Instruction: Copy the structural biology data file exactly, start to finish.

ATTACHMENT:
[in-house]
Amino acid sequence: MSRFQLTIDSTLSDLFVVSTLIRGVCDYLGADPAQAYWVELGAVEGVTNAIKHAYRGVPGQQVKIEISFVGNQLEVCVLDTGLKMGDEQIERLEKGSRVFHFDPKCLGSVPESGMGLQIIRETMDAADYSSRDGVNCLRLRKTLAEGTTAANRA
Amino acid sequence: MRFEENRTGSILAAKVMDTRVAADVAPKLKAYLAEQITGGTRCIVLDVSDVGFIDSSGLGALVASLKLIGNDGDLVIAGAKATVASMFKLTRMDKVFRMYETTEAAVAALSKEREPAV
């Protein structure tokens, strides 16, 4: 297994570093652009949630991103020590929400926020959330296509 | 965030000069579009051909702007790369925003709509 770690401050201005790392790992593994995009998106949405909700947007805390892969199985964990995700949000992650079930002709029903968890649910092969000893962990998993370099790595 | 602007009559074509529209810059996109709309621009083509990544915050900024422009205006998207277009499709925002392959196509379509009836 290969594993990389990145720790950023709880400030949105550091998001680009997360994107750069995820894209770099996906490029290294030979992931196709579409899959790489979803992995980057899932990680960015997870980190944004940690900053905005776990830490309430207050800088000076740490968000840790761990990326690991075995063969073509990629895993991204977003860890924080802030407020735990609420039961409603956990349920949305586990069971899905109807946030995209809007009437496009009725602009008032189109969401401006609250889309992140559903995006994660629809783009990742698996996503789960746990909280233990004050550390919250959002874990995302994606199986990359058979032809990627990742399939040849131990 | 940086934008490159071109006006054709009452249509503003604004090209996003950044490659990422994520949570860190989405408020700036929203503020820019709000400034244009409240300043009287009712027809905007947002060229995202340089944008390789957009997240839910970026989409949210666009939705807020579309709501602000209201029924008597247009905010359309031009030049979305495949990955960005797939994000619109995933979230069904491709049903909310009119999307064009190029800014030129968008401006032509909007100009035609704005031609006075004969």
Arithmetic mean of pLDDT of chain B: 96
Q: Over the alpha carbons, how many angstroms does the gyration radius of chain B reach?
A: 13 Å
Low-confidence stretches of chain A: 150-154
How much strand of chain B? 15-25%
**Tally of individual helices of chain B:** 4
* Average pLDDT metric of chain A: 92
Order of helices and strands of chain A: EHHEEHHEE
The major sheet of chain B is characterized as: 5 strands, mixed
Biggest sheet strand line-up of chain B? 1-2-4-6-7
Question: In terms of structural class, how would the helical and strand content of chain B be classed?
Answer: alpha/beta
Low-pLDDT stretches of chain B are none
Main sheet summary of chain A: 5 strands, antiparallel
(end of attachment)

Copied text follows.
[in-house]
Amino acid sequence: MSRFQLTIDSTLSDLFVVSTLIRGVCDYLGADPAQAYWVELGAVEGVTNAIKHAYRGVPGQQVKIEISFVGNQLEVCVLDTGLKMGDEQIERLEKGSRVFHFDPKCLGSVPESGMGLQIIRETMDAADYSSRDGVNCLRLRKTLAEGTTAANRA
Amino acid sequence: MRFEENRTGSILAAKVMDTRVAADVAPKLKAYLAEQITGGTRCIVLDVSDVGFIDSSGLGALVASLKLIGNDGDLVIAGAKATVASMFKLTRMDKVFRMYETTEAAVAALSKEREPAV
């Protein structure tokens, strides 16, 4: 297994570093652009949630991103020590929400926020959330296509 | 965030000069579009051909702007790369925003709509 770690401050201005790392790992593994995009998106949405909700947007805390892969199985964990995700949000992650079930002709029903968890649910092969000893962990998993370099790595 | 602007009559074509529209810059996109709309621009083509990544915050900024422009205006998207277009499709925002392959196509379509009836 290969594993990389990145720790950023709880400030949105550091998001680009997360994107750069995820894209770099996906490029290294030979992931196709579409899959790489979803992995980057899932990680960015997870980190944004940690900053905005776990830490309430207050800088000076740490968000840790761990990326690991075995063969073509990629895993991204977003860890924080802030407020735990609420039961409603956990349920949305586990069971899905109807946030995209809007009437496009009725602009008032189109969401401006609250889309992140559903995006994660629809783009990742698996996503789960746990909280233990004050550390919250959002874990995302994606199986990359058979032809990627990742399939040849131990 | 940086934008490159071109006006054709009452249509503003604004090209996003950044490659990422994520949570860190989405408020700036929203503020820019709000400034244009409240300043009287009712027809905007947002060229995202340089944008390789957009997240839910970026989409949210666009939705807020579309709501602000209201029924008597247009905010359309031009030049979305495949990955960005797939994000619109995933979230069904491709049903909310009119999307064009190029800014030129968008401006032509909007100009035609704005031609006075004969």
Arithmetic mean of pLDDT of chain B: 96
Q: Over the alpha carbons, how many angstroms does the gyration radius of chain B reach?
A: 13 Å
Low-confidence stretches of chain A: 150-154
How much strand of chain B? 15-25%
**Tally of individual helices of chain B:** 4
* Average pLDDT metric of chain A: 92
Order of helices and strands of chain A: EHHEEHHEE
The major sheet of chain B is characterized as: 5 strands, mixed
Biggest sheet strand line-up of chain B? 1-2-4-6-7
Question: In terms of structural class, how would the helical and strand content of chain B be classed?
Answer: alpha/beta
Low-pLDDT stretches of chain B are none
Main sheet summary of chain A: 5 strands, antiparallel